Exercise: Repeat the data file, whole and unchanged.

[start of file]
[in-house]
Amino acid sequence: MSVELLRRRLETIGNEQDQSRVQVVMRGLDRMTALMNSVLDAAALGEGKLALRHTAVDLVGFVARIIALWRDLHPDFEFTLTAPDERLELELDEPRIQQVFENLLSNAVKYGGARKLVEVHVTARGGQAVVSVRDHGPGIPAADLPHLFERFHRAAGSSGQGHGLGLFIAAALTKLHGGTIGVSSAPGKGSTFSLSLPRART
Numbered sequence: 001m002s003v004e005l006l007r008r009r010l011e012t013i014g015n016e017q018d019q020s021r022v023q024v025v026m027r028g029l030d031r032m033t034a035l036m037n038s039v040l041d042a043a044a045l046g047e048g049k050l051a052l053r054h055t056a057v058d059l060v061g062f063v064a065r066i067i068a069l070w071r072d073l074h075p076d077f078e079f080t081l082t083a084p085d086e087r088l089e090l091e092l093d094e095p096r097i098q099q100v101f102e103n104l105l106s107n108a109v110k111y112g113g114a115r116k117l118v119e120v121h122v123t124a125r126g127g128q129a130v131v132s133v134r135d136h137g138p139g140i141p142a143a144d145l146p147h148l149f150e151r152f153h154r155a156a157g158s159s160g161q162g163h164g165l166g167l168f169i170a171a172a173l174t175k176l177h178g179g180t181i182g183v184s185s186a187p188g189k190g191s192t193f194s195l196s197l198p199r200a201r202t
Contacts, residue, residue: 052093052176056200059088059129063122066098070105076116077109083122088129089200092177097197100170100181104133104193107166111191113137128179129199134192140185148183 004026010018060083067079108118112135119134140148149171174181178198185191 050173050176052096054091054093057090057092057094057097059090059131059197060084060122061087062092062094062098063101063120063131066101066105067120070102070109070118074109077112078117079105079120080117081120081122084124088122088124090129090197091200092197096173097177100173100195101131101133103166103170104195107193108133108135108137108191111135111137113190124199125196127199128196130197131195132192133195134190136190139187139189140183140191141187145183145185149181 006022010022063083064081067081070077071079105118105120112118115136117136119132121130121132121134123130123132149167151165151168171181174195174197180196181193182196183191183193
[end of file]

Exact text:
[in-house]
Amino acid sequence: MSVELLRRRLETIGNEQDQSRVQVVMRGLDRMTALMNSVLDAAALGEGKLALRHTAVDLVGFVARIIALWRDLHPDFEFTLTAPDERLELELDEPRIQQVFENLLSNAVKYGGARKLVEVHVTARGGQAVVSVRDHGPGIPAADLPHLFERFHRAAGSSGQGHGLGLFIAAALTKLHGGTIGVSSAPGKGSTFSLSLPRART
Numbered sequence: 001m002s003v004e005l006l007r008r009r010l011e012t013i014g015n016e017q018d019q020s021r022v023q024v025v026m027r028g029l030d031r032m033t034a035l036m037n038s039v040l041d042a043a044a045l046g047e048g049k050l051a052l053r054h055t056a057v058d059l060v061g062f063v064a065r066i067i068a069l070w071r072d073l074h075p076d077f078e079f080t081l082t083a084p085d086e087r088l089e090l091e092l093d094e095p096r097i098q099q100v101f102e103n104l105l106s107n108a109v110k111y112g113g114a115r116k117l118v119e120v121h122v123t124a125r126g127g128q129a130v131v132s133v134r135d136h137g138p139g140i141p142a143a144d145l146p147h148l149f150e151r152f153h154r155a156a157g158s159s160g161q162g163h164g165l166g167l168f169i170a171a172a173l174t175k176l177h178g179g180t181i182g183v184s185s186a187p188g189k190g191s192t193f194s195l196s197l198p199r200a201r202t
Contacts, residue, residue: 052093052176056200059088059129063122066098070105076116077109083122088129089200092177097197100170100181104133104193107166111191113137128179129199134192140185148183 004026010018060083067079108118112135119134140148149171174181178198185191 050173050176052096054091054093057090057092057094057097059090059131059197060084060122061087062092062094062098063101063120063131066101066105067120070102070109070118074109077112078117079105079120080117081120081122084124088122088124090129090197091200092197096173097177100173100195101131101133103166103170104195107193108133108135108137108191111135111137113190124199125196127199128196130197131195132192133195134190136190139187139189140183140191141187145183145185149181 006022010022063083064081067081070077071079105118105120112118115136117136119132121130121132121134123130123132149167151165151168171181174195174197180196181193182196183191183193